Sheikh Sabah Al-Ahmed Al-Sabah, Emir of Kuwait, dies at 91

Kuwait’s Emir Sheikh Sabah Al-Ahmed Al-Sabah died on Tuesday after four decades as the country’s foreign minister and then ruler, following an independent path through hostilities and strife in the Middle East. He was 91 years old.

His death was announced in an official statement read on state television. According to Kumit’s government news agency, Kuna, Amir underwent surgery and was then moved to the United States in July for medical treatment.

His death is expected to elevate his 82-year-old half-brother, Crown Prince Sheikh Nawaf al-Ahmed al-Sabah, under Kuwait’s leadership. While the policies of the incoming emir were not yet clear, analysts predict that Kuwait will continue to act as a mediator in its turbulent neighborhood, deftly navigating between Saudi Arabia and the UAE and the enemies of those Arab states, Iran and Qatar. , other side.

Dominantly between the Persian Gulf state of Saudi Arabia and Iraq in the south, with a population of 3.5 million, Kuwait has the world’s sixth-largest oil reserves, giving it more powerful assets that give it a degree of independence from its more powerful neighbors.

Seth Sabah was an architect and often embodied an independent, non-inclusive foreign policy.

Kuwait acted as a regional movement in 2014, when Saudi Arabia, the United Arab Emirates and Bahrain clashed with Qatar over allegations that it had weakened other countries’ rulers by financing terrorism, interfering in their domestic affairs, Al Jazeera said. Were provided. Network and cozying up to Iran.

Scattered throughout the region’s tribal, religious and political dynamics, Seth Sabah flew from the Arab capital to the capital himself in the mid-1990s, and negotiations eventually led to a biased approach to the two parties.

When Qatar’s opponents severed ties with the country in 2017 – this time joining Egypt – Kuwait again acted as a mediator, albeit with little success. Qatar and its opponents have maintained political and economic relations and the land and sea blockade against Qatar is still stable. (Qatar denies interfering in other countries or sponsoring terrorism.)

Despite the ups and downs of the period, Kuwait has remained politically stable. With an elected parliament, seemingly like political parties and sometimes with vigorous public debates, Kuwait can participate in their government to the fullest extent than their Gulf Arab neighbors, who rule a full monarchy.

The country has been a key ally of the United States since 1991, when US-led forces repelled the Iraqi invasion of Kuwait during the Gulf War. Today, Kuwait hosts about 13,000 American troops.

James A., who was Secretary of State during the war. Baker III said in a statement Tuesday that Seth Sabah was “always a clear and reliable ally.”

“Whether it works to calm difficult rivalries between rival countries or to provide relief to refugees from war-torn countries,” he added. “Seth Sabah is focused on helping us build a better world.”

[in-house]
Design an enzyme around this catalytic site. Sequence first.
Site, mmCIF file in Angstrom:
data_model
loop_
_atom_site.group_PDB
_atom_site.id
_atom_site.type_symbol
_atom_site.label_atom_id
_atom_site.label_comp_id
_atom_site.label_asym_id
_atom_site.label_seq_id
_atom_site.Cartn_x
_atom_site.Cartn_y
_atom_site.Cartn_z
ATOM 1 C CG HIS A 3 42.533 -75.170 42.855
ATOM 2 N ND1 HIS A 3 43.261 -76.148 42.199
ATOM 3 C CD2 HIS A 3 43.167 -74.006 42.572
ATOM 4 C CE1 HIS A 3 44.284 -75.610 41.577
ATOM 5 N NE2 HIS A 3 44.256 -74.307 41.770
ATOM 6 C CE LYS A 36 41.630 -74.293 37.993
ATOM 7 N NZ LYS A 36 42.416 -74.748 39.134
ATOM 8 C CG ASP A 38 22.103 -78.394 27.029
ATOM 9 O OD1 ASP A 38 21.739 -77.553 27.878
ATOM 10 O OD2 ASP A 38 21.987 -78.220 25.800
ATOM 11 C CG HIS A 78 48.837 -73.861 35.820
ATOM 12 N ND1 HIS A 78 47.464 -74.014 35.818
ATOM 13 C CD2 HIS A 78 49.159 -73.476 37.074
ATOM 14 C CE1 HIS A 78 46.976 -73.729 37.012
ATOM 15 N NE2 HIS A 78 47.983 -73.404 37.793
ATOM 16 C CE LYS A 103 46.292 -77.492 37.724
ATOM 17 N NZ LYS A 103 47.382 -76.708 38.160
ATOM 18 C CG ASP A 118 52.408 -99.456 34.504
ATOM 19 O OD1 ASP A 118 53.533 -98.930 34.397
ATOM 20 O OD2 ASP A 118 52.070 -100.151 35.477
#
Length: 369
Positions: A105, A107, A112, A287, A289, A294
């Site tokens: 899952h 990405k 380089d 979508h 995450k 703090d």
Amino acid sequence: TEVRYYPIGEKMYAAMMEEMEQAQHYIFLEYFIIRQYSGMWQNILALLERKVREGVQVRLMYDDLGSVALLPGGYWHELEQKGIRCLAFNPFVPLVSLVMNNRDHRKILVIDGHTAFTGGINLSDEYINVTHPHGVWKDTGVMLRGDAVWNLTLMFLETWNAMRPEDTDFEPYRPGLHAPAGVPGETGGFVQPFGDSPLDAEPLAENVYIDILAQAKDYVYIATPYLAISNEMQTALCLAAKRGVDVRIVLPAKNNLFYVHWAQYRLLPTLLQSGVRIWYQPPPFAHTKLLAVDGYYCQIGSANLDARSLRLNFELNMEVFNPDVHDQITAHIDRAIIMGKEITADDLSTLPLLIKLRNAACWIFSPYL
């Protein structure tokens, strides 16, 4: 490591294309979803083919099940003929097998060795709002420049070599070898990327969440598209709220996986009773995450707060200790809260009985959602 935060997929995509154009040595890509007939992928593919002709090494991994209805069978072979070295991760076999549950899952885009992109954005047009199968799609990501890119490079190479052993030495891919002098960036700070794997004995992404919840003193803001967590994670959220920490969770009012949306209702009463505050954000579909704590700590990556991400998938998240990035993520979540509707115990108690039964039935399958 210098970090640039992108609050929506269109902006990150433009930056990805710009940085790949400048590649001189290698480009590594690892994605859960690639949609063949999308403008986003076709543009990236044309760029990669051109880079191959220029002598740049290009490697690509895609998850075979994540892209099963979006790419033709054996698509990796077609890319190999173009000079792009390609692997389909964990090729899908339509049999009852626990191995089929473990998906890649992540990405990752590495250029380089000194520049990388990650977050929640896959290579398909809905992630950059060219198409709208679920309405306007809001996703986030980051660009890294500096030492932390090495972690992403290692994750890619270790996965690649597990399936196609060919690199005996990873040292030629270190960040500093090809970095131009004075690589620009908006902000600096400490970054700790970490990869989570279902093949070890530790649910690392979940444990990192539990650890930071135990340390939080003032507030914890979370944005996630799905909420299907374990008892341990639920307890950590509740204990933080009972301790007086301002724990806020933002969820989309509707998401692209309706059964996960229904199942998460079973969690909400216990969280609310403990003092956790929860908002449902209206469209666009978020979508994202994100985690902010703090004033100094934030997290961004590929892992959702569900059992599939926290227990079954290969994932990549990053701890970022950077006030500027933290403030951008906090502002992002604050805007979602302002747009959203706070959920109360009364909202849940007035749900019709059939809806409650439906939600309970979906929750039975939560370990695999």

However, that stability has been tested. Under Kuwait’s political system, Amir appointed a prime minister from the Sabah family and retained the final say on state affairs, an appointment that promotes long-term tensions between the cabinet and the elected parliament. And that imbalance led to its biggest domestic crisis in the second half of Seth Sabah’s reign – when the Arab Spring uprising that swept the Middle East in 2011 reached Kuwait, raising open questions about the extent of the ruling family’s power. .

Kuwaiti’s opposition and opposition legislators, seen as a government intervention in the parliamentary elections and a corruption scandal among members of parliament, pushed for constitutional reform to forcibly oust the ruling family and move the country closer to a full parliamentary system. .

Thousands took to the streets of Kuwait to protest, forcing Amir to take over as prime minister and dissolve parliament. The unrest lasted for two years, during which Amir used emergency laws to change election rules in a way that the opposition said was in favor of government candidates.

The opposition-majority parliament was dissolved, protesters repeatedly clashed with police in the streets, and dozens of protesters were arrested for criticizing Amir.

Seth Sabah was born in Kuwait on June 6, 1929, the fourth son of Amir at the time. His family has ruled Kuwait continuously since the middle of the 18th century. According to the official biography posted on the Kuwaiti embassy website, the young sheikh was educated in Kuwaiti schools and by private teachers.

Appointed to a government committee at the age of 25, he held various government positions until his death. His most notable role before becoming rich was as foreign minister, a position he held for most of his life from 2003 to 2003, when he was made prime minister.

According to Kuwaiti tradition, Seth Sabah did not rule as the position of amir should be alternate between the two branches of the ruling family. However, his predecessor, Sheikh Saad al-Abdullah al-Sabah, was ousted nine days after the health crisis in 2006, nine days after Seth Saad’s rule. Seth Sad died in 2008 at the age of 78.